You have not received a good service from this doctor and not all pall doctors are like this. Your request to get O2 to care for your grandfather at home is not only reasonable but should be applauded and supported.

also, politely, put a complaint in writing.

#7 pukeko walking

Posted 16 November 2012 - 08:50 PM

Hi OP, I used to work occasionally in community palliative care. It's important to find out if the doctor was palliative care specialist. Were they actually part of the same team that the palliative care nurse is in, or were they a medical specialist or gp? I would try to clarify this as sometimes medical doctors are not as up to date with palliative care guidelines as those who specifically work in that area.

If they were a palliative care specialist I would try to discuss with your Grandad's nurse what alternatives were planned to address breathlesness (such as morphine etc), and whether these alternatives need to be discussed further. Talk with the palliative care nurse. They will know which avenue to take to ensure your Grandad has the most comfortable care - and if they firmly believed he needed oxygen to be comfortable, they will know who to approach next.

best wishes

#8 Chchgirl

Posted 16 November 2012 - 08:52 PM

My dh passed away in July, and only started going downhill in june. I had palliative care nurses come around regularly, but I can't tell you about oxygen as we didn't use it at home. I can tell you the oncologist and palliative care doctors were through Liverpool hospital in Sydney and were awesome.

The palliative care team was through Braeside at Wetherill park and I pretty much had total input and choice with everything. I ended up getting a bed for him in hospital as it became too hard at home, and he only was in hospital three days before passing. I was very fortunate to have the choice of all the decisions myself.

I don't mind answering questions at all, I wish someone was there to tell me all this..

Edited by Chchgirl, 16 November 2012 - 08:52 PM.


#9 MrsLexiK

Posted 16 November 2012 - 08:59 PM

QUOTE (LindsayMK @ 16/11/2012, 09:35 PM) <{POST_SNAPBACK}>
A hospice for palliative care is a good idea.

As someone who has gone through this recently I can see where the dr was coming from. It is 100 times harder then you think it is going to be, as hard as going to palliative care to visit every day is, it is nothing compared to what living with it 24/7 is.

We couldn't get oxygen for my relative we just had to call an ambulance if he needed it, it happened a few times, sometimes he would be admitted for a few days other times he would be let out almost straight away. We had nurses come around every x amount of days to just check on things. But you need at least 2 people 24/7 there. You need to ask yourself if your grandad fell would your mum and grandma be able to help, what if only one is there could they do it by themselves?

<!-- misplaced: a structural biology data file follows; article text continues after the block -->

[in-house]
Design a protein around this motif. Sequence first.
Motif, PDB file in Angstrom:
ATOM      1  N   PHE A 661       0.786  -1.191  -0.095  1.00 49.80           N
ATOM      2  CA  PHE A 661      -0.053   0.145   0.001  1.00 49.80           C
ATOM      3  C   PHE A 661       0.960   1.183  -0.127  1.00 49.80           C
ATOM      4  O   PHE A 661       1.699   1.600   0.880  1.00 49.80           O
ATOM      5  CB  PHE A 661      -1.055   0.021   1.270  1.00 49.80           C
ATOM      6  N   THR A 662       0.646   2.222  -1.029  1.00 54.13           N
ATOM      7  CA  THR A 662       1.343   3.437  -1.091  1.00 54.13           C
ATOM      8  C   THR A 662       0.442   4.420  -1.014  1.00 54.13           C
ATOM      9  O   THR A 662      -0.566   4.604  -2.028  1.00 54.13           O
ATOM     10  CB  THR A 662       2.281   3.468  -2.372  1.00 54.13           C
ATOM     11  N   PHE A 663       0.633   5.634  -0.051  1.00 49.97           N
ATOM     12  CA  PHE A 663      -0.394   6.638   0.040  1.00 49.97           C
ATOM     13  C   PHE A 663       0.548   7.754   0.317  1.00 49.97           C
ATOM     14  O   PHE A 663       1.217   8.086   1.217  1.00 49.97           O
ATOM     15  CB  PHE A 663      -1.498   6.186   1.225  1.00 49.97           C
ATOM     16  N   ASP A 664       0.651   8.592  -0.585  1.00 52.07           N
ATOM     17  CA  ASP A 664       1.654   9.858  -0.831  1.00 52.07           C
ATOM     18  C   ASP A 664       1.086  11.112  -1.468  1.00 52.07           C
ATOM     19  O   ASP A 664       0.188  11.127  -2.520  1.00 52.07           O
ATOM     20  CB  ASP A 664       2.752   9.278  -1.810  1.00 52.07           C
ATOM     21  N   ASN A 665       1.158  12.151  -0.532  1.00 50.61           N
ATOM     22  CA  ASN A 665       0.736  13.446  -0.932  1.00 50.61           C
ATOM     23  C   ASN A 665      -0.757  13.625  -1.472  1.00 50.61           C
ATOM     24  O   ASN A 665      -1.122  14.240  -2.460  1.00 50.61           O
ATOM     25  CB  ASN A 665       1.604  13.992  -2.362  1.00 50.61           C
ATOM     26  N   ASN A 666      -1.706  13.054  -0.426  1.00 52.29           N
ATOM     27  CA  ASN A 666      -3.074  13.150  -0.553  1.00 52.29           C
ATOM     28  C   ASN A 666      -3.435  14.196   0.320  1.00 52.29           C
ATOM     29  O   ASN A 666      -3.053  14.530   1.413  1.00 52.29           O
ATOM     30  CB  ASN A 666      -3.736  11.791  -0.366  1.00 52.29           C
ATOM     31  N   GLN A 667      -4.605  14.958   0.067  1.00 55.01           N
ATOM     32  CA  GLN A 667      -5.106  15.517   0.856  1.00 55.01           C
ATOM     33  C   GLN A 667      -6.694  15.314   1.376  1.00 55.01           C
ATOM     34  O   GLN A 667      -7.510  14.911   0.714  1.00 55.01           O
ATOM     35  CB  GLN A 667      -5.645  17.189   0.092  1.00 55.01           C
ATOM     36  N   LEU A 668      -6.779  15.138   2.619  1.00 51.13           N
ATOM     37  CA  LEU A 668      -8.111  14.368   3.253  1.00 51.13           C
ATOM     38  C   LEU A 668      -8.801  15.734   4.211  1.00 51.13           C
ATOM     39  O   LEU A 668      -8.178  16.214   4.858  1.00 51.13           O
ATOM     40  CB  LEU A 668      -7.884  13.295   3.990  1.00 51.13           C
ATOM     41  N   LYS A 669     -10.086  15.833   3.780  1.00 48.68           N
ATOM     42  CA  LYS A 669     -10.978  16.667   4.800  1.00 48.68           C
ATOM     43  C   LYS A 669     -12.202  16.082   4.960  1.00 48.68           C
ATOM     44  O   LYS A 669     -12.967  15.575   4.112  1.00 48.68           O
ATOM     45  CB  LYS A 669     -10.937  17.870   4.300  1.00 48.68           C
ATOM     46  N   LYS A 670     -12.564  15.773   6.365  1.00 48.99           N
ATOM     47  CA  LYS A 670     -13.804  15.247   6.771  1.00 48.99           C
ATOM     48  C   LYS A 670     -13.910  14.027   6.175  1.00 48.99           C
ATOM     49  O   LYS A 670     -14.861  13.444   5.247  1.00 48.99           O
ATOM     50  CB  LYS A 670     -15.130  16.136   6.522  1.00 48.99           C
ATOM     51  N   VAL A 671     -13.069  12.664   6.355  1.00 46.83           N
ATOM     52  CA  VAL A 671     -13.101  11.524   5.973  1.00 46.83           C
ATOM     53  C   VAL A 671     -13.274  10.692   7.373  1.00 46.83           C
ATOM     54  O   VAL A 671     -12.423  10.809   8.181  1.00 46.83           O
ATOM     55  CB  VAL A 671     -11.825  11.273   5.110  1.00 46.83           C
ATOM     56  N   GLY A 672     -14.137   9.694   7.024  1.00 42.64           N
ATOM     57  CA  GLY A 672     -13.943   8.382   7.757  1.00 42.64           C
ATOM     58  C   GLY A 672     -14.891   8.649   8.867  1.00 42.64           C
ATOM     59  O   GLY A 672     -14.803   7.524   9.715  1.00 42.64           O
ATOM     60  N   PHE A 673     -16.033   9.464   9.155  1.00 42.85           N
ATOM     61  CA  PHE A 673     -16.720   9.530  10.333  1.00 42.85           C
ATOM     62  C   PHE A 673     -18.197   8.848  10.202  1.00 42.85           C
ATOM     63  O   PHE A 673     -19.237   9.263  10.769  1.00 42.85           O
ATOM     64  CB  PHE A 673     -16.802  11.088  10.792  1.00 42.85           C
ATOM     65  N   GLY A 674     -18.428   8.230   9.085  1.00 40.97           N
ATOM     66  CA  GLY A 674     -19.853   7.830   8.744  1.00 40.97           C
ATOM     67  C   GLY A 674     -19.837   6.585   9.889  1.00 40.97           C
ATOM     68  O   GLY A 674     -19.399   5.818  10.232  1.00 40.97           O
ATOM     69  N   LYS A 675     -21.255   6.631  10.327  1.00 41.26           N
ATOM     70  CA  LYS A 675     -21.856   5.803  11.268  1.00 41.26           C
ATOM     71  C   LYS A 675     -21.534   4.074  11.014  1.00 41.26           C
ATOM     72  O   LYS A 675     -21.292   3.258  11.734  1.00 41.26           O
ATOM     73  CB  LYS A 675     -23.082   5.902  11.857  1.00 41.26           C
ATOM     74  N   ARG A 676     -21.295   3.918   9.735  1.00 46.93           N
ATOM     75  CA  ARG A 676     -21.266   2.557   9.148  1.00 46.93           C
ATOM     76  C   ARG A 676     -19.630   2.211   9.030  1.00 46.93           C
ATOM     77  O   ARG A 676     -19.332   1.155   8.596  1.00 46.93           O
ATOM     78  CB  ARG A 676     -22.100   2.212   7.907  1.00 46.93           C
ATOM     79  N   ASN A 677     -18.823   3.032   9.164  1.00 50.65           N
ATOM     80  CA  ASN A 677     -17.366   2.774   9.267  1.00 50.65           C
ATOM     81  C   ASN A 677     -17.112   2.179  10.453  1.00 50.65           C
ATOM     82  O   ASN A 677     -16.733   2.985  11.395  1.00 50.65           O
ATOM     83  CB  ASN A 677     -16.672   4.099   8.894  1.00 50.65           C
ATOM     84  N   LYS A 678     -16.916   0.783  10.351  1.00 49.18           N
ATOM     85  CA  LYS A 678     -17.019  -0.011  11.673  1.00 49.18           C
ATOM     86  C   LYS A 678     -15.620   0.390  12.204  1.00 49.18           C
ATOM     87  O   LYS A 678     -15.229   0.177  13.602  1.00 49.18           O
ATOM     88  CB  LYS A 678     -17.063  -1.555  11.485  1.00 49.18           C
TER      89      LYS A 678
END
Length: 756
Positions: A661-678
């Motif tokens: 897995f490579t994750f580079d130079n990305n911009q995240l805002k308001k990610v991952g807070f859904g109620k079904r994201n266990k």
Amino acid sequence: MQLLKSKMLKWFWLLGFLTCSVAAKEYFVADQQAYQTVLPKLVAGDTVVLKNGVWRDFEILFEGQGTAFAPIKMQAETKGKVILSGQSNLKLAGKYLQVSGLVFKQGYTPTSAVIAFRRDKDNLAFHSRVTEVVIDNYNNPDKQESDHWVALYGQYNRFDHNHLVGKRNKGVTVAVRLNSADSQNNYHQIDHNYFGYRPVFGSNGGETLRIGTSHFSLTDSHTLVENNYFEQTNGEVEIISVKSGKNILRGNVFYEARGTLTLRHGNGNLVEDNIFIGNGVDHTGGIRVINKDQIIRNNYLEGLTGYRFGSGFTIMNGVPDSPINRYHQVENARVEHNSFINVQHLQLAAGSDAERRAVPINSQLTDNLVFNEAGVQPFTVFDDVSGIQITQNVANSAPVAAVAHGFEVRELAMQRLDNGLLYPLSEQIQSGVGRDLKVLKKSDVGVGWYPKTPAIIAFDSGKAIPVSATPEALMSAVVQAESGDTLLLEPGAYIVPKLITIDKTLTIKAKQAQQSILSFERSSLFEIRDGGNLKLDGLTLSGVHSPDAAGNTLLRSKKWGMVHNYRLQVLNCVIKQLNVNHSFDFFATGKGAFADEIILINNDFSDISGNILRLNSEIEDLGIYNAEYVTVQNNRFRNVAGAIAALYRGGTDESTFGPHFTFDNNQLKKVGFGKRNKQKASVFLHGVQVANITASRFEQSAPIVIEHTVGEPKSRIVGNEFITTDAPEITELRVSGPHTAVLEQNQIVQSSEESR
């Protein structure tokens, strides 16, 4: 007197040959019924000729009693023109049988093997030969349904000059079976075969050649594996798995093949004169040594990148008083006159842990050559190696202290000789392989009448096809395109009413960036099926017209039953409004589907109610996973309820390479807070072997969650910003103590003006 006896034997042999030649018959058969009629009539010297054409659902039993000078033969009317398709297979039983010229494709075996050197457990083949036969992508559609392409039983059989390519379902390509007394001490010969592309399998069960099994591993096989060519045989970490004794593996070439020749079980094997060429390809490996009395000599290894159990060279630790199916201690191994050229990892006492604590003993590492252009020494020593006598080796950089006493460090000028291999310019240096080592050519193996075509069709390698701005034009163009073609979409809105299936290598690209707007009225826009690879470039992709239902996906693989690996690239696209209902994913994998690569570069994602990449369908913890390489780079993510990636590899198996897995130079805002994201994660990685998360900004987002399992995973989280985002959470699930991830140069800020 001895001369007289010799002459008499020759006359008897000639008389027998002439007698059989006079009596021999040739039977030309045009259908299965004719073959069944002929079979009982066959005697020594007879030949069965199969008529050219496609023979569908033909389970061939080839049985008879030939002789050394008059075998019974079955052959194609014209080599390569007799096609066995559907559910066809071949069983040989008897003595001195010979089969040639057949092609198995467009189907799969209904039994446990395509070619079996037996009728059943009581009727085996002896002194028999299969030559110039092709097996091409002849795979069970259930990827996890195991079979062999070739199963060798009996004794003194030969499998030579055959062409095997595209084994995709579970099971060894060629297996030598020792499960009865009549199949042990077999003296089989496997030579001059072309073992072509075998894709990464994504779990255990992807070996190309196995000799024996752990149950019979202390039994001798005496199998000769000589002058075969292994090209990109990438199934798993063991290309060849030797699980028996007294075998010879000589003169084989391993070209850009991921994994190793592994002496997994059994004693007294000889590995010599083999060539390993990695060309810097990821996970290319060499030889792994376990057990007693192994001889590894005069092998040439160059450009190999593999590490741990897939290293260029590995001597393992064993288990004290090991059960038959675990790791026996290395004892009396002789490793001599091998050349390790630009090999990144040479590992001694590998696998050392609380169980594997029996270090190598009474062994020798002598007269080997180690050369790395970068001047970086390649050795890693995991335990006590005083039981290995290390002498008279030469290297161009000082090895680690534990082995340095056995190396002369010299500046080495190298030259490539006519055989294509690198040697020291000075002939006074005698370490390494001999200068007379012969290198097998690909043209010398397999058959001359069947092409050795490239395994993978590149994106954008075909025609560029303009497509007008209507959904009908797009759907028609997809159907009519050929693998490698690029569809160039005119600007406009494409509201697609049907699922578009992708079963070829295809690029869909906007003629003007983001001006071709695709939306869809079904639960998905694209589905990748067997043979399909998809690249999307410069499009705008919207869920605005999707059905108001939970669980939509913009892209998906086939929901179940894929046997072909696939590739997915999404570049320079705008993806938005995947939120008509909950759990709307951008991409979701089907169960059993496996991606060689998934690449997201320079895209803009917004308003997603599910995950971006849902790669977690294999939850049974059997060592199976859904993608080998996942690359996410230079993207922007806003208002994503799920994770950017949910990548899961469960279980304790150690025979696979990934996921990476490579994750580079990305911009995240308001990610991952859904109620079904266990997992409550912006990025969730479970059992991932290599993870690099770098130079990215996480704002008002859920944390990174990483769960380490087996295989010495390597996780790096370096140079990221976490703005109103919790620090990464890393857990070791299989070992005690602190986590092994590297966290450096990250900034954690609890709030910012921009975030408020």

I am sorry you guys are going through this.

#10 mum2jp

Posted 16 November 2012 - 09:00 PM

Thanks for the replies. Passing everything onto mum as she has been going to appointments with them. If possible we would like to organise what he needs without him having a stay in hospital. He and grandma are very clear he wants to spend his time at home with her. They are scared if he goes into hospital he won't come out. The palliative doctor they saw today will see him again after he reviews with the cancer team. I think they are hoping if they get his care transferred to their local hospital where they now live now they might be lucky and get a more suitable palliative doctor.

#11 mum850

Posted 16 November 2012 - 09:07 PM

It IS possible. Sometimes, it might not be possible right at the end but that's often due to carer exhaustion etc rather than stupid reasons like not being able to get oxygen that is clearly  required.
You will be able to get it, it;s just a matter of getting to the right people.
It sounds like local hospital would be a good idea, do they have a pall care team?

#12 meljbau

Posted 17 November 2012 - 10:15 AM

My MIL had lung cancer and she "qualified" for oxygen through some testing she did, but the irony was that she was too weak to push the cylinder around so she couldn't really use it unless she didn't want to move at all. She didn't qualify for the other style of oxygen with longer leads attached to a box, so we paid for that ourselves for her. From memory we just rang the company up and organised it. My mum, who doesn't have cancer, but was admitted to intensive care interstate after an asthma attack, flew home with oxygen. That was a condition of the airline, but we organised that privately too, so there are avenues for getting it.

I'm sorry you're getting the run-around. You shouldn't have to worry about things like this.

#13 Whatnow?!

Posted 17 November 2012 - 10:29 AM